Adam Cole, executive chef at Maple Block Meat Co. in Culver City, is giving a public lecture at the University of Florida as part of SmellTaste2017. Adam has found success in the culinary world despite being born without a sense of smell, something he kept secret for many years of working in kitchens. We caught up with Adam to ask him a few questions about his involvement in SmellTaste2017.
1. Why are smell and taste so important to you?
Smell and taste are primal instincts, so essential to the development of our species and of humanity as we know it. And today we're lucky enough to experience these things for pleasure and enjoyment, rather than solely for survival. The world of food and cooking draws me in because it's so rooted in what makes us human. As a chef, my job security depends on me being able to prepare food that smells and tastes appealing, and that people want to pay money to eat.
2. You're going to be delivering the public lecture at SmellTaste2017. Can you give us a sneak preview of what you’ll be covering in your talk?
I am going to talk about my experience growing up with no sense of smell and how I became a professional chef, but kept my lack of smell a secret for over a decade. Perhaps I'll be able to provide a few cooking tips as well.
3. What message will you be hoping to send out to the people attending our event, many of whom are be affected by a smell/taste-related disorder themselves?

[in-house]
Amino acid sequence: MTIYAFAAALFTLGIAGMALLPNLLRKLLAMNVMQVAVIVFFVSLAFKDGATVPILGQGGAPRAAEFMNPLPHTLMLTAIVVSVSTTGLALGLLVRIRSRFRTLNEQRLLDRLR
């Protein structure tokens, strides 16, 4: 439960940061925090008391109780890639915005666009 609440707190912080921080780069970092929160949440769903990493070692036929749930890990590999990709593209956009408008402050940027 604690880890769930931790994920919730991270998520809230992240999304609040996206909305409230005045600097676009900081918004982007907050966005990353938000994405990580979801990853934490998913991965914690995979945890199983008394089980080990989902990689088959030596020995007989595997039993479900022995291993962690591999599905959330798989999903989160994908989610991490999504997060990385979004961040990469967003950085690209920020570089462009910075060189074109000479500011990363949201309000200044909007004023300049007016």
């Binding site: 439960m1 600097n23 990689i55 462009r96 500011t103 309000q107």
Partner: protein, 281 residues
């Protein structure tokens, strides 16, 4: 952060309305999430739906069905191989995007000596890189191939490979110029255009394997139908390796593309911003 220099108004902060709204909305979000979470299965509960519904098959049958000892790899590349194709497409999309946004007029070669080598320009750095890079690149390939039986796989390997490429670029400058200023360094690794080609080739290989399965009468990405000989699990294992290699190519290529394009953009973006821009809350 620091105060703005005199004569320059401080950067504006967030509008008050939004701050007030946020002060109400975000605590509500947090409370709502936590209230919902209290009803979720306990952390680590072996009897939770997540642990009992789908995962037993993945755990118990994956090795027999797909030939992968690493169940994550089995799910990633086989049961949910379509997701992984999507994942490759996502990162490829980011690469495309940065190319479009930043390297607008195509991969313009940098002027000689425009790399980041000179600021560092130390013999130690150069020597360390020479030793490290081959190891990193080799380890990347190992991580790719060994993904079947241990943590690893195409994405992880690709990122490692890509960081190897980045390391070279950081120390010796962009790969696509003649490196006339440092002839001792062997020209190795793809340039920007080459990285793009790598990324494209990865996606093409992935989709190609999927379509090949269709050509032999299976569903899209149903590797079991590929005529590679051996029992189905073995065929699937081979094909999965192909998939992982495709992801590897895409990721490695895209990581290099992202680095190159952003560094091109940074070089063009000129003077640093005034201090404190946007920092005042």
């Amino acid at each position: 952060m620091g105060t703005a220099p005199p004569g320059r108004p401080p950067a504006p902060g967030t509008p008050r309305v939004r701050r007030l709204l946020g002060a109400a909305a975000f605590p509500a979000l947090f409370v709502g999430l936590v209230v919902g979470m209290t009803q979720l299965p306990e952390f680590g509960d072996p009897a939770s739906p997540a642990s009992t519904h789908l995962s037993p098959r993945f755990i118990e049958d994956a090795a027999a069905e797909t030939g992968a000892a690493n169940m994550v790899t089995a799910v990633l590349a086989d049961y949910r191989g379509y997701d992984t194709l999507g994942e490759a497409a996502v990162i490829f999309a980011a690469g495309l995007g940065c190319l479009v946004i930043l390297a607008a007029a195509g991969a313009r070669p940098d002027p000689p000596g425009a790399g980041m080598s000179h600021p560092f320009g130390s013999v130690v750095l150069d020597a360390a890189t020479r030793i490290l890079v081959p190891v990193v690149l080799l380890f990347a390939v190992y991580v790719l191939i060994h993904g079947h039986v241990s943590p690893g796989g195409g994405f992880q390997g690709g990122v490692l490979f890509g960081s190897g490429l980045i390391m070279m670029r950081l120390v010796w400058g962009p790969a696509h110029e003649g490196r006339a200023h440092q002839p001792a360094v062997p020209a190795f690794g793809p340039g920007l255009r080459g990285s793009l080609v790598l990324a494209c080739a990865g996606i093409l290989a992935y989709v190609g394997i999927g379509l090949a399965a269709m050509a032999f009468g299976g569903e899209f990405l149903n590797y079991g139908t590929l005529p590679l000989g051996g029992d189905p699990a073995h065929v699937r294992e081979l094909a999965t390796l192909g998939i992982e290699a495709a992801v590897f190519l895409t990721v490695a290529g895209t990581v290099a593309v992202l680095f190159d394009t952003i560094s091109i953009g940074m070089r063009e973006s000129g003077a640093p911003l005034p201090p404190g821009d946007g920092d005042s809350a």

One of encouragement, that we can all find deep satisfaction- physically, emotionally, intellectually... in what we eat and drink everyday. I hope to show people that our mentality either propels us forward or holds us back in life just as much if not more than our medical conditions.
4. SmellTaste2017 represents an opportunity for people affected by smell and taste disorders to come together with clinicians, scientists and, of course, each other. What are you most looking forward to at SmellTaste2017?
I am really looking forward to gaining new knowledge and insight into something I live with everyday but actually know very little about. I grew up with doctors mostly shrugging their shoulders at my inability to smell, providing no diagnosis, explanation or treatment. For most of my professional career, my anosmia was a closely guarded secret. So, I've never had any sort of extensive or educational discussion about this at all. This is an incredible opportunity!